I belonged to CompuServe, the first and then largest of a half-dozen or so commercial intranet services (AOL, Prodigy, GEnie, each serving their own customer base and incapable of talking to each other) popular at the time. Members jumped online with dialup modems that connected to local access nodes peppered throughout the continent. Common practice when traveling was to tote along a phone jack hack kit and a list of hit-or-miss toll-free numbers.

first national online site for professional photographers

As an administrator of Compuserve’s Special Interest Group (SIG) Photography forum, I was able to carve out a private niche for the American Society of Magazine Photographers, becoming the first online presence for a national professional photographer’s organization. (I also formed and chaired ASMP’s first technology committee, authoring the first report to address the issue of online digital access and what that might mean to photographers’ usage rights.)

kodakbluechip-2

A regional meeting in Orlando of Florida’s ASMP chapters was the opportunity to photograph members with Kodak’s beta DCS 200mi Digital Camera System. I’d made the loaner list for their $20,000, black and white only, heavily modified motor drive Nikon mated to a small, slow hard drive powered by 16 rapidly drained AAs. (So much for blaming Kodak’s eventual bankruptcy on a lack of digital imaging knowledge – this was the first practical digital image capture commercially developed.)

There was no in-camera preview; the image first had to be transferred (over SCSI cables) to a Mac IIsi for viewing in Photoshop and downsampling before being uploaded to Compuserve’s mainframe in Columbus, Ohio, a process which took nearly half an hour over a staggeringly slow 2,400-bps modem.

To complete the project, Compuserve’s Photography forum owner in Sacramento had to merge the image into the forum library, and within 15 minutes it was available for viewing and download by ASMP members worldwide. As part of the experiment, ASMP members in three separate chapters throughout the country were also able to conduct live online chats within the forum. The photograph above is one of the first near real time, commercial digital images ever viewed on the internet.

product design hits and misses

Fast Company Cries Foul

since you put it that way, what was erik thinking?

Who says you can’t beat that dead horse? Fast Company compares Ulysses to Barcolounger! Whoop! Buell gets a posthumous dressing down over on Fast Company’s Design channel. Their current pictorial serves up a night and day visual of the role design plays in the consumer acceptance cycle. Message? I guess you know it when you see it. Screw around too much and you’ll pay the price: see iPod vs. (M.C.) Hammer clown pants over on the United States of Design for rock solid proof of usually avoidable consequences based on (bad) taste alone. Which is why the t.v. audience for Boise State home games will never exceed friends and family.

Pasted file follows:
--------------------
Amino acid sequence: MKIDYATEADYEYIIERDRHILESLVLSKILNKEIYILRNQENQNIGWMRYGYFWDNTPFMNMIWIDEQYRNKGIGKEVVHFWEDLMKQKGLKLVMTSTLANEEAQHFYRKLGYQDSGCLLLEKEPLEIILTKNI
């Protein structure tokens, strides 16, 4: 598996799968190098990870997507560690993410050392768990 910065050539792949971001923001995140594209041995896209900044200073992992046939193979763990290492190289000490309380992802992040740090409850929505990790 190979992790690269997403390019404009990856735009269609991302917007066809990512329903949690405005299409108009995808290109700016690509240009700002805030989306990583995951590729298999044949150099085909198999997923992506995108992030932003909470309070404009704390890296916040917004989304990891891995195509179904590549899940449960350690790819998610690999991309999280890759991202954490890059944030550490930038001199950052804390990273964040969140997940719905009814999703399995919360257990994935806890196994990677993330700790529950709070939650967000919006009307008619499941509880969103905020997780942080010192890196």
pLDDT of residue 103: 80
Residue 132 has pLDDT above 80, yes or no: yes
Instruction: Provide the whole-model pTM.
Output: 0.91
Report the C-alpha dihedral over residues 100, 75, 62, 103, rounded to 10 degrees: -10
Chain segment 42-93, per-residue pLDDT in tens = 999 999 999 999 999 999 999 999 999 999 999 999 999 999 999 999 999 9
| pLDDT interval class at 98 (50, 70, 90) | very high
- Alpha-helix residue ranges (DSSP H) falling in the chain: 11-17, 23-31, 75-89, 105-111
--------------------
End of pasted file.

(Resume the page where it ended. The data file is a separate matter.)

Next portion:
bottleneck! your social media workflow

pick and choose what’s manageable

Edelman Digital’s recent post (via David Armano’s typepad driven feed blitz distributed Logic+Emotion blog) announcing their new SlideShare presence adds another layer of social versatility to their expanding toolkit of content sites.

Armano is Edelman PR’s widely followed social guru, operating out of their Chicago office where he spreads knowledge and opinion across the twitter/facebook/linkedin universe. A July post, for instance, presented the case for Google Plus in an extended essay piece that positions the new service as a layer, rather than a channel, then goes on to count the degrees of difference.

so many channels; really, so many channels

But regardless of worthiness, for me it’s yet one more dedicated channel to tend in a garden of tasty greenery run amok. For the small shop and independent practitioner, your fulltime job can easily become a sideline to the babysitting necessary for even basic online maintenance. The connect options presented on their Edelman Digital space (above) include RSS, email, Scribd, SlideShare, LinkedIn, YouTube and Flickr channels: and that’s just the tip of their social channel spear.

As Delicious prepares to roll out a much needed overhaul courtesy of new owners and YouTube founders Chad Hurley and Steve Chen, I’m split between excitement about what’s to come and concern over management issues. There are no best answers for any one situation. It’s clear, though, that too many channels quickly add up to a weedy, overgrown online presence where your last visited update is months old, stale and reeking of abandonment issues.